It was Labor Day weekend at the Hall House, and on that Saturday morning I walked down our steps, looked at our oldest child Teddy, and the ever-popular Instagram voiceover from the Lion King sang from my mouth – “it is time.” It was time for us to ditch diapers and welcome ourselves into the world of potty training.
Leading up to that weekend, and for nearly a month after, I was immersed in the world of research, big boy undies, accidents, and extra laundry. Now, nearly two months post-diaper surviving, I mean post-diaper ditching, I’ve lived to tell the tale and I can’t help but see parallels into the how so much of the process relates to public relations.
Whether you’ve crossed this bridge with kids, or you’re just looking for some potty entertainment, let’s take a flush into four ways public relations is like potty training.
- Conduct research. Potty training is not for the faint of heart. There were signs Teddy was “ready” to get started, but before we could officially put the diapers away, I had to do my own homework. I spoke with fellow mamas in my close circle and spent weeks in bed scrolling through resources, my phone illuminating my face as my husband peacefully slept. Feeling confident, I found the book I was going to use as my guide and let that be my strategy for potty training.Just like I took the time to figure out what potty training method seemed like the best fit for my son, it’s important to research before beginning your next public relations campaign. Whether it’s around a rebrand, event, or major announcement. You want to gather with your team, discuss your top priorities, find your non-negotiables, and really come up with a game plan to execute a flawless strategy. Not sure where to start? Schedule some consultations with experts to get their advice.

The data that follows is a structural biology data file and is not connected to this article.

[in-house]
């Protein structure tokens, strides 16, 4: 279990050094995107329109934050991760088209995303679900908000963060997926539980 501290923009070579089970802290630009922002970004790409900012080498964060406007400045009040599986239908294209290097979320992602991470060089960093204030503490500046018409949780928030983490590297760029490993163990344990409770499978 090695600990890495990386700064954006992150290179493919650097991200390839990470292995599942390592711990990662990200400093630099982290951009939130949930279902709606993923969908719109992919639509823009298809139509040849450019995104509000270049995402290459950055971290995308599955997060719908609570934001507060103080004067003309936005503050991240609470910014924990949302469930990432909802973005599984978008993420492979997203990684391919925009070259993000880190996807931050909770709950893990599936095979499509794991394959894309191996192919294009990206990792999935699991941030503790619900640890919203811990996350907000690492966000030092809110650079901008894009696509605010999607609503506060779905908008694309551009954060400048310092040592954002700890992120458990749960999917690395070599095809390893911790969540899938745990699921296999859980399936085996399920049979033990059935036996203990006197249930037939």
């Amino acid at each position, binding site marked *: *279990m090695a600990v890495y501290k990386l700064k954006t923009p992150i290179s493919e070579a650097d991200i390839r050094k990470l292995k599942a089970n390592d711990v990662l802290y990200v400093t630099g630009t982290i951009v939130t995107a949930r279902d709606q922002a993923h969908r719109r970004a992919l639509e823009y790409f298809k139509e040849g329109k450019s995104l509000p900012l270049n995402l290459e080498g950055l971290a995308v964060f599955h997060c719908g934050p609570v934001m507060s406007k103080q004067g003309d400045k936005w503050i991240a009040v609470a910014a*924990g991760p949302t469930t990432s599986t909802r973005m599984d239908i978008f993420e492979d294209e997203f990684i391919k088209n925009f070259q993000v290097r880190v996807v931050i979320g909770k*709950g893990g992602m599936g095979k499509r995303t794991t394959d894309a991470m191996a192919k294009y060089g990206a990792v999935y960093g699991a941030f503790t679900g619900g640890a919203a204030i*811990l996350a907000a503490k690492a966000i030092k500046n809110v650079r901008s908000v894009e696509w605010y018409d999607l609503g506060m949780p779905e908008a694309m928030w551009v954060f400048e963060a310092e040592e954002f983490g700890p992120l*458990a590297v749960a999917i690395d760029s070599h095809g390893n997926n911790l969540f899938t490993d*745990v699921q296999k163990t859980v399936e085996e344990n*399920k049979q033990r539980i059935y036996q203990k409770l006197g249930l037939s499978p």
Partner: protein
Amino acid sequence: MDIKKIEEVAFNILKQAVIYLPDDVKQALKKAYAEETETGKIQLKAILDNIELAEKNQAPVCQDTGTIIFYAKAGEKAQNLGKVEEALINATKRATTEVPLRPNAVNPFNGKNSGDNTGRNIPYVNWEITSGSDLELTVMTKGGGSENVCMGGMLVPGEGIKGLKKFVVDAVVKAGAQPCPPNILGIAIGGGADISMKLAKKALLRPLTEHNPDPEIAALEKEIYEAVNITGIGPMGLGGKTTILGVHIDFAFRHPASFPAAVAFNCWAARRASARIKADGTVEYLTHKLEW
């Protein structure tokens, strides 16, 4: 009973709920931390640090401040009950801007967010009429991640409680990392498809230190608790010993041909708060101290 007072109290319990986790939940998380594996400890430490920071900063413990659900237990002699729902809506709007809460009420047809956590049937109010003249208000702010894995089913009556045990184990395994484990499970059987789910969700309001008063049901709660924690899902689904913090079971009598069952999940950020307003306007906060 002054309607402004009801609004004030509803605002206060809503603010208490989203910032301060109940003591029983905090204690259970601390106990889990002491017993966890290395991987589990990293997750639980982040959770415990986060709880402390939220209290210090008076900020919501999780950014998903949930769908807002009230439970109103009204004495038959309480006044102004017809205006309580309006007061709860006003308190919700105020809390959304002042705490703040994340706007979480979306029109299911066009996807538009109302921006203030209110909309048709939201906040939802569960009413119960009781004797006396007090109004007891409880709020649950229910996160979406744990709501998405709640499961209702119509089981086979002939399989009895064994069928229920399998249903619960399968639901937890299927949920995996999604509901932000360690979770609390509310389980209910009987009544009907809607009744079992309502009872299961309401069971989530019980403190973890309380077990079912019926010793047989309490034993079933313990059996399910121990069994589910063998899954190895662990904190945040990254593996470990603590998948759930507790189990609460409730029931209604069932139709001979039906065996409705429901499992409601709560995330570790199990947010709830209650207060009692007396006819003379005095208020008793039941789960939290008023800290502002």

- Be prepared. After a week, my research was complete but now we needed to prepare ourselves, and home, to execute. We pulled together supplies, bought the underwear… lots of underwear, the toilet seat ring, extra pants, and extra laundry pods. One key takeaway from the book I read was to give myself two weeks from finishing the book to starting. Those two weeks are vital to prepare.The same goes for your company’s next PR move. Count back several weeks from launch/execution date and make sure you give yourself ample time to prepare your strategy, edit, and tweak. You want to make sure all your ducks are in a row – quotes are ready, media lists are built, product photos/videos are taken, press releases are reviewed and drafted, etc. Nothing good comes from a rushed PR push, but don’t take too long or you may pee your pants, I mean miss your window of opportunity. (I told you potty humor would be included!)
- Have grit. The potty training book we followed was a three day process – learning to go with no clothes on, then wearing just shorts aka commando, then introducing underwear with your clothes. Day one and two went amazing, no accidents (is it really this easy?!) then day three came and it was… challenging. We literally took two steps forward and one major step back. But we stuck with it and by the fourth day everything clicked!Although we didn’t see the results right away, our messages were sinking in. And that’s ok! Make sure you give your PR campaign plenty of time to work before changing your strategy. Conduct your outreach, follow up, and trust the process. Public relations can be a slow and steady approach, so be diligent and stick with it. Continue to build those relationships, make phone calls, set up coffee briefing meetings with your top list of journalist, and continue to share your messaging on your own social channels.
- Recognize small victories. Potty training is a process, just like public relations. You aren’t going to see all the results on the first day, so it’s important to recognize the small achievements as they happen. Did your Facebook page get substantially more followers than last week? Did a columnist write about your business? Were you featured on Instagram by a top influencer? Did I only have to wash out one pair of dirty underwear?Even though you may not have achieved the intended end result yet, notice the smaller milestones and use them to encourage yourself and your team to continue forward. I often try to remind myself that if an accident happens, it doesn’t mean I’m a crappy mom. It’s just one obstacle in a rather excellent week.
A successful public relations campaign requires research, preparation, grit, and recognition of small victories – just like potty training! Can you think of other ways these two activities are similar?